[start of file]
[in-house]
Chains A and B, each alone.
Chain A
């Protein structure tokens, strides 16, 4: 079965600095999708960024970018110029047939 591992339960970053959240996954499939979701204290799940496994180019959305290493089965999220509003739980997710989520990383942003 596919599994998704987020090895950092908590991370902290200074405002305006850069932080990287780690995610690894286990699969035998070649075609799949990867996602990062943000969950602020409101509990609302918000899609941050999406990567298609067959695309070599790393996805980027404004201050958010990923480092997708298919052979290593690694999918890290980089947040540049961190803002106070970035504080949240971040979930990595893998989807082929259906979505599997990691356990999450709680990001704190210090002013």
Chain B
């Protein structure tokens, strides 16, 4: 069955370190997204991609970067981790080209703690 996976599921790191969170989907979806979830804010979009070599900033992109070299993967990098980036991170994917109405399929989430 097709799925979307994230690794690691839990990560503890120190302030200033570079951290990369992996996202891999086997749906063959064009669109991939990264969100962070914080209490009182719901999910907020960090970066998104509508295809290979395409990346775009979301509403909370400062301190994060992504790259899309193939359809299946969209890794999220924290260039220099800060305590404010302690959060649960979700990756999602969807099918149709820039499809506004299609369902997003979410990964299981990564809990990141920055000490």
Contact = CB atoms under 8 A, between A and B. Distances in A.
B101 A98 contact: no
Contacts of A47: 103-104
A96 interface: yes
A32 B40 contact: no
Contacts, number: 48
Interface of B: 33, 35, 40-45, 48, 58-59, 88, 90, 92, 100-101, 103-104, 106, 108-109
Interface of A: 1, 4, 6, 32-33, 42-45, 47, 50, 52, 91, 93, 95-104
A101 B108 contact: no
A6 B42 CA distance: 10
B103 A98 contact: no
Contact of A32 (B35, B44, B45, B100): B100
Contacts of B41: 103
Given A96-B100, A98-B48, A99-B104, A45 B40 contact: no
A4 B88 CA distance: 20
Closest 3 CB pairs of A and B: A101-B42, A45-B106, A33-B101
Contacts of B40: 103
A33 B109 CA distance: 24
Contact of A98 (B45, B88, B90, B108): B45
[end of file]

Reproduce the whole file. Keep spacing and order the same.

[in-house]
Chains A and B, each alone.
Chain A
């Protein structure tokens, strides 16, 4: 079965600095999708960024970018110029047939 591992339960970053959240996954499939979701204290799940496994180019959305290493089965999220509003739980997710989520990383942003 596919599994998704987020090895950092908590991370902290200074405002305006850069932080990287780690995610690894286990699969035998070649075609799949990867996602990062943000969950602020409101509990609302918000899609941050999406990567298609067959695309070599790393996805980027404004201050958010990923480092997708298919052979290593690694999918890290980089947040540049961190803002106070970035504080949240971040979930990595893998989807082929259906979505599997990691356990999450709680990001704190210090002013």
Chain B
């Protein structure tokens, strides 16, 4: 069955370190997204991609970067981790080209703690 996976599921790191969170989907979806979830804010979009070599900033992109070299993967990098980036991170994917109405399929989430 097709799925979307994230690794690691839990990560503890120190302030200033570079951290990369992996996202891999086997749906063959064009669109991939990264969100962070914080209490009182719901999910907020960090970066998104509508295809290979395409990346775009979301509403909370400062301190994060992504790259899309193939359809299946969209890794999220924290260039220099800060305590404010302690959060649960979700990756999602969807099918149709820039499809506004299609369902997003979410990964299981990564809990990141920055000490």
Contact = CB atoms under 8 A, between A and B. Distances in A.
B101 A98 contact: no
Contacts of A47: 103-104
A96 interface: yes
A32 B40 contact: no
Contacts, number: 48
Interface of B: 33, 35, 40-45, 48, 58-59, 88, 90, 92, 100-101, 103-104, 106, 108-109
Interface of A: 1, 4, 6, 32-33, 42-45, 47, 50, 52, 91, 93, 95-104
A101 B108 contact: no
A6 B42 CA distance: 10
B103 A98 contact: no
Contact of A32 (B35, B44, B45, B100): B100
Contacts of B41: 103
Given A96-B100, A98-B48, A99-B104, A45 B40 contact: no
A4 B88 CA distance: 20
Closest 3 CB pairs of A and B: A101-B42, A45-B106, A33-B101
Contacts of B40: 103
A33 B109 CA distance: 24
Contact of A98 (B45, B88, B90, B108): B45